Marilyn's swim across the English Channel 2011

"For me, marathon swimming is the ultimate mental, physical and emotional challenge".

Diana Nyad, Other Shores, 1978

I've always loved swimming. I've been swimming since age 2, competitively since age 13. I'm now 54 and hoping to become the oldest Canadian female to swim the English channel; 33.2 kilometres from Samphire Hoe Beach, Dover, England to Cap Griz Nez, France. I swam Lake Ontario from Niagara on the Lake to Toronto in 1983 and from Toronto to Port Dalhousie (north to south against the powerful Niagara River current) in 1984. I was only the second person to swim Lake Ontario north to south, Diana Nyad being the first. The above quote is one of my favourites, especially since Diana at 61 was also recently trying to prove that older athletes can still achieve big goals.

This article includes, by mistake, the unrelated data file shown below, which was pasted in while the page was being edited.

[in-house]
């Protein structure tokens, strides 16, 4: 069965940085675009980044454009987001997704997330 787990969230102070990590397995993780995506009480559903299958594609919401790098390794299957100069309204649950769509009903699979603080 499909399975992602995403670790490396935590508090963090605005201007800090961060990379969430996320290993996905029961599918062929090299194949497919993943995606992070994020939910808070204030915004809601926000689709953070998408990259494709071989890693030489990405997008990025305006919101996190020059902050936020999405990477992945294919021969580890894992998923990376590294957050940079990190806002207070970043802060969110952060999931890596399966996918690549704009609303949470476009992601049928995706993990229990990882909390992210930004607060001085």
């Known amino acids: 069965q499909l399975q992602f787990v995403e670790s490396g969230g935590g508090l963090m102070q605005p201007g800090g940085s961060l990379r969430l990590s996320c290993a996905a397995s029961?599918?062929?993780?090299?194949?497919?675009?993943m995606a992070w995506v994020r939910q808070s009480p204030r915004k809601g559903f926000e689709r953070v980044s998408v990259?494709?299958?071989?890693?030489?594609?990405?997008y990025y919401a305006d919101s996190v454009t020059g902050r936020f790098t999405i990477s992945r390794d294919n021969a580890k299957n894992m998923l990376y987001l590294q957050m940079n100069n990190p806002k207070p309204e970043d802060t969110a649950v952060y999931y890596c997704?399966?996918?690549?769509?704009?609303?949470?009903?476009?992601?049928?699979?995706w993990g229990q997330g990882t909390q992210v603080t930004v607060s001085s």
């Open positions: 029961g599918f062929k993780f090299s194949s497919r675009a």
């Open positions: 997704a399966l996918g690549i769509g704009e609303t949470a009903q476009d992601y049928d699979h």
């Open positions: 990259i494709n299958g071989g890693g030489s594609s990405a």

Why the English Channel? I was quoted in the Toronto Star in 1984 saying my next big swim would be the English Channel. But then life happened, I got married, had 3 boys, but always kept swimming at least twice a week. Last summer, Debbie Bang challenged me to swim 26 kilometres in Muskoka. When I finished it, I felt I could have swum further. When Colleen Shields at 58 breezed across Lake Ontario last August (but was foiled by weather at the very end), I realized I could still do another big swim at my age. Swimmers in Dover say the Channel is the Everest of swims. I'm not so sure, people have accomplished longer and colder swims in other parts of the world. For me, there is something about ocean swimming that is the ultimate. The English Channel is part of world history and swimming tradition. My grandmother lived in England and took me to the beach on the channel, so it is also nostalgia and familiar. What really cemented the idea in my mind is pacing Kim Middleton across the channel in 1989. I just "woke up" last September and realized time was running out.